The recently passed bill requiring public schools to provide annual “equity training” to staff is controversial with some groups, but it is expected to have little to no impact on Spokane Public Schools.
The district has had annual equity training sessions for staff for the last two years, said Heather Bybee, chief academic officer, as a result of teacher interest and students sharing their stories of their experiences in schools.
“We’re already there,” Bybee said late last week, a few days after the Senate gave final approval to the equity training bill and sent it to Gov. Jay Inslee.
Conservative groups, including the Washington Policy Center, are urging Inslee to veto the bill, arguing it will force schools to embrace “critical race theory,” a way of looking at the nation’s history, society and laws as they intersect with race and the treatment of minority groups. It emphasizes the role of white privilege and institutional racism in the shaping of American society and the law.
Last week, the Idaho House of Representatives specifically banned the teaching of critical race theory in that state’s schools, with Republicans saying they were trying to head off a suspected mandate from the federal government.
But the term “critical race theory” does not appear anywhere in the bill approved last Tuesday by the Washington Legislature, and was only mentioned in committee hearings or floor debates over the bill by detractors.
Liv Finne of the Washington Policy Center said the bill would create a mandatory training policy “that runs afoul of our core civil rights.”
“It would promote decisions based on appearance and race,” Finne said.
When the bill came up for a vote, Sen. Jim McCune, R-Graham, contended it would “soon turn children against their parents and churches,” take away local control of schools and make the state’s Republican form of government “unstable.”
Supporters accused Republicans of manufacturing a nonexistent issue.
“This bill doesn’t have anything to do with critical race theory,” said Sen. Mona Das, D-Kent, the bill’s prime sponsor, who added it deals strictly with training staff. “It doesn’t mandate any particular curriculum.”
School board members will be able to select a training curriculum that emphasizes diversity, equity and inclusiveness, Das said. During the 2021-22 school year, districts will be required to devote one professional learning day to some combination of cultural competency, diversity, equity or inclusion. Starting with the 2023-24 school year, a day of that training will become an annual requirement.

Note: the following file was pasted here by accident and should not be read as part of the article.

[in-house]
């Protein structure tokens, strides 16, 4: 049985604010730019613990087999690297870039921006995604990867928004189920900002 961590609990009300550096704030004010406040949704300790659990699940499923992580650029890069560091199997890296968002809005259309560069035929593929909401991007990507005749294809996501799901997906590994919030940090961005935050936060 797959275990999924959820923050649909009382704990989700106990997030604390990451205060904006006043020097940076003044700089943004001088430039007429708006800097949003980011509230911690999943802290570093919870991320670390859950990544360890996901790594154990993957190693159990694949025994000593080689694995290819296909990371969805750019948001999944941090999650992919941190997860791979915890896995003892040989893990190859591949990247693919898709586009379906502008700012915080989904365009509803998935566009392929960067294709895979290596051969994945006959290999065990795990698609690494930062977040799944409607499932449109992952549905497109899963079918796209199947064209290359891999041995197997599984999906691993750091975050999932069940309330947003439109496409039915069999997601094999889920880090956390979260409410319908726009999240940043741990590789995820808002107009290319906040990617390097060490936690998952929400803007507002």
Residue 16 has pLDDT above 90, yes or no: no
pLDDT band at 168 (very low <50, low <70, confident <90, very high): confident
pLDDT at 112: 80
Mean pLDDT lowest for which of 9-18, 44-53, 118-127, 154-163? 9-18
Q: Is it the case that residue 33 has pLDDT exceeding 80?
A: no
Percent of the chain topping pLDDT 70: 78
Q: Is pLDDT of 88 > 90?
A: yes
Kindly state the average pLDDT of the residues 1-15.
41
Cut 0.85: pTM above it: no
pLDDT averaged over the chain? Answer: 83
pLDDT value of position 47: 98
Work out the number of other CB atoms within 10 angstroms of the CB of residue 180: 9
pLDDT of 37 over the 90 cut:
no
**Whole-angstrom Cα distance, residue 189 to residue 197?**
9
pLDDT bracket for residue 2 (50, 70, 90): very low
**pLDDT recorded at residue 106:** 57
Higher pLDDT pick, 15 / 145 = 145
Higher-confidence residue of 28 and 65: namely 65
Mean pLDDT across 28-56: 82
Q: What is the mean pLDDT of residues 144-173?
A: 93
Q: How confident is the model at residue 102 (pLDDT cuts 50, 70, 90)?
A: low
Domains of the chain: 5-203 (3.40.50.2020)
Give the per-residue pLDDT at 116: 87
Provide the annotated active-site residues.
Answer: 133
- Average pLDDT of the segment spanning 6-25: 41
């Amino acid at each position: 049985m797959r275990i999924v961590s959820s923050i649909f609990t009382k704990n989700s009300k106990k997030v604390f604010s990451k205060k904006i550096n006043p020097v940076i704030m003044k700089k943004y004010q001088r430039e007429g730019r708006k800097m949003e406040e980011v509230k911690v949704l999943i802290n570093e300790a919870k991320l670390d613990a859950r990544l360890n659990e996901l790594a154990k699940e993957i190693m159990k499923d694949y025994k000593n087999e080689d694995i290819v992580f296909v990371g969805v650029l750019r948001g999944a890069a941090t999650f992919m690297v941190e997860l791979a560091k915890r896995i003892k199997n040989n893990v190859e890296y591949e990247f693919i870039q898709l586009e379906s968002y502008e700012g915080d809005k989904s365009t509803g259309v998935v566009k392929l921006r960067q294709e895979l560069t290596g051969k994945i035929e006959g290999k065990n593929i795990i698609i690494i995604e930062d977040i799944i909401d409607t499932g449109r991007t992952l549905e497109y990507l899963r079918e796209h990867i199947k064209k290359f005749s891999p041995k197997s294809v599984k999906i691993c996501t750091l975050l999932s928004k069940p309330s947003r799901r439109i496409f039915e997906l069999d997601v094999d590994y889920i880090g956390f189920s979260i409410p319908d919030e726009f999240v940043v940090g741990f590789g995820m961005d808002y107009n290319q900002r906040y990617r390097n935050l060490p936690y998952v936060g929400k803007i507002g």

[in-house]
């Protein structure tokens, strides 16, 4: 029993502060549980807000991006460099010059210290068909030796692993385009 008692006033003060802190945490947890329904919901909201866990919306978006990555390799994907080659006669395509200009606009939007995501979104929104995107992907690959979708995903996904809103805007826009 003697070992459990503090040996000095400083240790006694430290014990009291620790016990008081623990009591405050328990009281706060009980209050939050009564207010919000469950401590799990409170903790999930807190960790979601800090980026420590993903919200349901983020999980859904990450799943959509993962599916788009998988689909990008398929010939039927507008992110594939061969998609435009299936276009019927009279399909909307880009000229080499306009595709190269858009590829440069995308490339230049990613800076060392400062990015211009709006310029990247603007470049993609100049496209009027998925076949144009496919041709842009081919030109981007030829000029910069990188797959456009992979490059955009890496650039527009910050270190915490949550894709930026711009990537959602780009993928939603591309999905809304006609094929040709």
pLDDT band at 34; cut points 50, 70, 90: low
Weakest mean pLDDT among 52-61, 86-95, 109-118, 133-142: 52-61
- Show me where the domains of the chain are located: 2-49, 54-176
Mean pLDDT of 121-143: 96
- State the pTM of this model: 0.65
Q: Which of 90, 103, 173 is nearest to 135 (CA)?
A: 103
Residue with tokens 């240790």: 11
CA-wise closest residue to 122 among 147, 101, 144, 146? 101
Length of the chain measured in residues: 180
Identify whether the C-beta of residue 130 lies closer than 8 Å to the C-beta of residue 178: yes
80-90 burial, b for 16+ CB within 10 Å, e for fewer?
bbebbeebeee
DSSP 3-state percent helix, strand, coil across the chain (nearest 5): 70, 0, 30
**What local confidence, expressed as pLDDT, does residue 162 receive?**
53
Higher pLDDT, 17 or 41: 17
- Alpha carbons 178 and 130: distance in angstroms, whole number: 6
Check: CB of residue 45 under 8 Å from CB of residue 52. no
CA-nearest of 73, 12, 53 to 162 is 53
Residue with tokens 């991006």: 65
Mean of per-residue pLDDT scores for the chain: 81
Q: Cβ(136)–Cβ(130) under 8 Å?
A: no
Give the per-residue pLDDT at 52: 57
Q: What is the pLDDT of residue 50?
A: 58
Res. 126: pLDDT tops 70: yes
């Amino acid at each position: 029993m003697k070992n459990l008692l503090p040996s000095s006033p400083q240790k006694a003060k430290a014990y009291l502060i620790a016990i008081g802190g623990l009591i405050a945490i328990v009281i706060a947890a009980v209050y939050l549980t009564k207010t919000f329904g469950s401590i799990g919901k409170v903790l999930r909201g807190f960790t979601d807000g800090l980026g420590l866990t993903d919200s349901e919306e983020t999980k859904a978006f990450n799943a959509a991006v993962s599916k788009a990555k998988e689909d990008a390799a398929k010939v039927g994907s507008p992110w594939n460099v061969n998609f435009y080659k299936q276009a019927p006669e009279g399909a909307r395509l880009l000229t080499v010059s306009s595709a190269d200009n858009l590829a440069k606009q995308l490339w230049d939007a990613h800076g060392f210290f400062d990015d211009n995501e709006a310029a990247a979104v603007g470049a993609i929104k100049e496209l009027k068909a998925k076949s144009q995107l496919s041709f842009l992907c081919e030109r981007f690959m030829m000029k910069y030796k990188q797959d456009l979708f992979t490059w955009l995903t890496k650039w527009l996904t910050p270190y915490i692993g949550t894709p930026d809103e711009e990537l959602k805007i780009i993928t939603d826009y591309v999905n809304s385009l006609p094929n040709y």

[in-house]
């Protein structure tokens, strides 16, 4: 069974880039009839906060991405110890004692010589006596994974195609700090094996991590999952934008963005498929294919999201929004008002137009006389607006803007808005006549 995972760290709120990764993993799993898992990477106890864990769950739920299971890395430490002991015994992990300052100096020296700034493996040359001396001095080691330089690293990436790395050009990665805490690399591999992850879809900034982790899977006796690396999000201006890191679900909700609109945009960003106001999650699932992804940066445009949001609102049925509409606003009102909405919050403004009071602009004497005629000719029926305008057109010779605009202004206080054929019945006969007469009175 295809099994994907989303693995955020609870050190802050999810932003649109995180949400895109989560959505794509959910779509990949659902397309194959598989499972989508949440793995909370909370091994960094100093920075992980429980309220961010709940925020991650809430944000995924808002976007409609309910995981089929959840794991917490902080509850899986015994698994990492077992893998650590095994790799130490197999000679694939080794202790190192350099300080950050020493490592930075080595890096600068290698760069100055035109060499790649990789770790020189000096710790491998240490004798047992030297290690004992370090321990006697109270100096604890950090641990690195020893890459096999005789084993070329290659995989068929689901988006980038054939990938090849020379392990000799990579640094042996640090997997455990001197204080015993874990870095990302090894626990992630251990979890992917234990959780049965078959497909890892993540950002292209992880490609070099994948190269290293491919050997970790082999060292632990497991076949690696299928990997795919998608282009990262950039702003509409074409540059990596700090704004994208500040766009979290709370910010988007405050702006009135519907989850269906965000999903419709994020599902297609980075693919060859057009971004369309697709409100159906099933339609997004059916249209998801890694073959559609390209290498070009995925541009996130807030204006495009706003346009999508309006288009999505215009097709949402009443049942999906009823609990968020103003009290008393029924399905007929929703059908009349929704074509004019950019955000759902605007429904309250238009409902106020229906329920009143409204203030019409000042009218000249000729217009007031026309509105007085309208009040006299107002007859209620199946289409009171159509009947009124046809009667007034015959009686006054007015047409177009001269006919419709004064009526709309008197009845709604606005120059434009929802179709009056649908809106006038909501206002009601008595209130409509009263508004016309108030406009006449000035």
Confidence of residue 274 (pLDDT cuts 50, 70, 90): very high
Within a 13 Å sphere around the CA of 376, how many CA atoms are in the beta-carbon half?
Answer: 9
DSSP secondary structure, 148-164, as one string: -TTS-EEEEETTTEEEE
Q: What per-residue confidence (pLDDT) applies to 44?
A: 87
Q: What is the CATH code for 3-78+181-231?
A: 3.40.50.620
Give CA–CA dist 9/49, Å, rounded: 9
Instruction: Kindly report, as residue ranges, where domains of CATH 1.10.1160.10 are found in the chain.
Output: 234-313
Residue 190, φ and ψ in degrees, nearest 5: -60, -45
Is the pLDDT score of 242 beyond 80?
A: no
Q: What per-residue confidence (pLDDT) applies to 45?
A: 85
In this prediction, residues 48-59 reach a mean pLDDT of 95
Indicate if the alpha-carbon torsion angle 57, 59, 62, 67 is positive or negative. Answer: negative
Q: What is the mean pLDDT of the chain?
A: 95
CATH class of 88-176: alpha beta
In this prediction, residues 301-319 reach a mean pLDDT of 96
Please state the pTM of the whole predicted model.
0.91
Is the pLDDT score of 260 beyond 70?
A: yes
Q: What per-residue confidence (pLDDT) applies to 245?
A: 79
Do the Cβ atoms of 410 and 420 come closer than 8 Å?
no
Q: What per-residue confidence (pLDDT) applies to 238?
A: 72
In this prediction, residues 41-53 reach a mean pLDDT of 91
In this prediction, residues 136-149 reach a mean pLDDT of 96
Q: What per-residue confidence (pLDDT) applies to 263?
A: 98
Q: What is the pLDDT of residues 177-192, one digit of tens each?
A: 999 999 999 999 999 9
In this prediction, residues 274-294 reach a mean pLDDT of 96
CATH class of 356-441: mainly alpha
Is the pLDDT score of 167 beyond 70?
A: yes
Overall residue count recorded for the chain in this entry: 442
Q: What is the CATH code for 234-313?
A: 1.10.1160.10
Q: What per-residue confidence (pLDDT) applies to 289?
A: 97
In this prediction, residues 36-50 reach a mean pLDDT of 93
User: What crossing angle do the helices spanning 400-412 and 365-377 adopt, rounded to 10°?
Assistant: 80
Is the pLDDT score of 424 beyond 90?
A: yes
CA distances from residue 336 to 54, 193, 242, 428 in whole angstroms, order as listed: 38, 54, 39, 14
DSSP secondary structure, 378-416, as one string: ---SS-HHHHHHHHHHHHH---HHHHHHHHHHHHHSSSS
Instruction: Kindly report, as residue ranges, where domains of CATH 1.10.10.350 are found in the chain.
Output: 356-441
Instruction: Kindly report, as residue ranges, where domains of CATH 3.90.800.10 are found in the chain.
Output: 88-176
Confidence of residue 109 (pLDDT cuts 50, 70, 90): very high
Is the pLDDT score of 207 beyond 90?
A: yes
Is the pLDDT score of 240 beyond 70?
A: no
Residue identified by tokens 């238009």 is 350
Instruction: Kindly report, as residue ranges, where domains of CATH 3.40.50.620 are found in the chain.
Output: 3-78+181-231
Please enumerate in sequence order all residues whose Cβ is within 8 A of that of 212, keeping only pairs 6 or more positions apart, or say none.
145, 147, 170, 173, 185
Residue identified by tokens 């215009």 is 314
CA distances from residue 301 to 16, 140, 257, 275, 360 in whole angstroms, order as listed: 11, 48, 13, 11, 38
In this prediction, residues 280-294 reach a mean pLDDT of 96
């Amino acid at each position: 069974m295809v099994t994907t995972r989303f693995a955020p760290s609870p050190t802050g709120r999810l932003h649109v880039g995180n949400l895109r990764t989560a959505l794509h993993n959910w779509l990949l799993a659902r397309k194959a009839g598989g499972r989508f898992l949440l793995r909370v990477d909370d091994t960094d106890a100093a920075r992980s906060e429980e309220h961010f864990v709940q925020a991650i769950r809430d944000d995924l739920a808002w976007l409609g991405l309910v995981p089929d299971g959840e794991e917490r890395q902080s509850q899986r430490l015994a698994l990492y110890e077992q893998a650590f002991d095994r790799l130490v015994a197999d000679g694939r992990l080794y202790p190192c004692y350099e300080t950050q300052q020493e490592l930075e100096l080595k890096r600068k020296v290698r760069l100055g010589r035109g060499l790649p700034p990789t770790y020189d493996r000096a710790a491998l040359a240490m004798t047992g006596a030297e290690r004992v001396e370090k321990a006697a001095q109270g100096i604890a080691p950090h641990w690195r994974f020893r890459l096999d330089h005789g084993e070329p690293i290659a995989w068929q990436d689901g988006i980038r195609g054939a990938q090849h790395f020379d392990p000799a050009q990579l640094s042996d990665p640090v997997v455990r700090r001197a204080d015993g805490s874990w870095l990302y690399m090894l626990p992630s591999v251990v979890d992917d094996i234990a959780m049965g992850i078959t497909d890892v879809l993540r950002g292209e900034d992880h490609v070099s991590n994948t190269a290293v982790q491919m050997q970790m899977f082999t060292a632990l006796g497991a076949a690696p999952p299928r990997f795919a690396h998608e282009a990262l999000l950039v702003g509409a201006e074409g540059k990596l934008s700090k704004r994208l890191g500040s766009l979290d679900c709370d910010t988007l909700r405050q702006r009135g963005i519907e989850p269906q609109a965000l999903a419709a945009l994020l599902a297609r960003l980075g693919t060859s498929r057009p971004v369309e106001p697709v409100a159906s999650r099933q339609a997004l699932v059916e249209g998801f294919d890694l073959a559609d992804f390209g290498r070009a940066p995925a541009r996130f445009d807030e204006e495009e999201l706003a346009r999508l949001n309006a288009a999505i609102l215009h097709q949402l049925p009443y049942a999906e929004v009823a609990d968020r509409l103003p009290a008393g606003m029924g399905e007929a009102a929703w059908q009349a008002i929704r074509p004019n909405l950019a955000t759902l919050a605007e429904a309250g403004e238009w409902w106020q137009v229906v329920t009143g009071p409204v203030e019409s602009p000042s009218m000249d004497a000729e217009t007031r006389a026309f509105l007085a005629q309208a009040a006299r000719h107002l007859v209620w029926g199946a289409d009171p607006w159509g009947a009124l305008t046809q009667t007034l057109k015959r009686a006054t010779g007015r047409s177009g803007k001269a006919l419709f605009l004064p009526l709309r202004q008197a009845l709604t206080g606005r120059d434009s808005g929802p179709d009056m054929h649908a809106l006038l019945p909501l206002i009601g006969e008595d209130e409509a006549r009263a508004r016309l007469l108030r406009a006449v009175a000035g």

The bill was one of the first to be voted out of the Senate in January after a series of debates over Republican amendments to either add or subtract language.
Sen. Judy Warnick, R-Moses Lake, who noted she has an Asian American grandson who sometimes experiences bias, thought the bill should specifically mention Asian Americans and make sure students learn about things like the Japanese American internment during World War II.
Das countered that Asian Americans would be considered without calling out specific minorities and possibly skipping others.
Other Republicans thought it should require school staff to consider students from “rural, underserved areas,” special-education or highly capable students. Democrats held firm on their stance that the existing language that covers “race and ethnicity, gender identity, sexual orientation, disability status, age, educational status, religion, geography, primary language, culture, and other characteristics and experiences language” was broad enough.
Sen. Phil Fortunato, R-Auburn, argued the training should only apply to districts where there is institutional racism. “If there’s not, I don’t want to cure something that’s not a disease,” he said.
But Sen. Steve Hobbs, D-Lake Stevens, said he experienced racism for his Japanese ancestry while he was in school. The bill would give all students a chance to feel like every other kid in their school, he said.
Hobbs said someone painted a racial slur outside his home growing up.
“If this law had passed, maybe that wouldn’t have happened,” he said.
The bill passed the House on a party-line vote on April 11, with every minority member of the Democratic caucus leading the debate. They easily defeated GOP amendments to make the training optional or add language to forbid any training that suggests one race or sex is superior to another, or that “the United States is a fundamentally racist nation.”
Staff at Spokane Public Schools are already in the second year of a four-year program that devotes four hours to some form of equity training, Bybee said. The first year focused on staff being more culturally aware and understanding students come from diverse backgrounds so that “everybody has a story,” she said.
This year focused on classroom management and building a positive culture for the students. Because much of the year was conducted virtually, the district used the time to do training around the many unique populations found in Spokane, including Marshall Islanders and members of local Native American tribes, Bybee said.
Although the law would eventually require devoting a full day of professional learning to equity training, she said she doesn’t see that as a problem because there are many ways to hit the targets in the legislation. The district does not use critical race theory in its professional training.
A few parents have asked whether the district’s staff is receiving training in critical race theory, Bybee said, but any concerns have been alleviated by an explanation of the actual program.
“I have yet to meet a parent who believes that all students shouldn’t be seen and valued,” she said.
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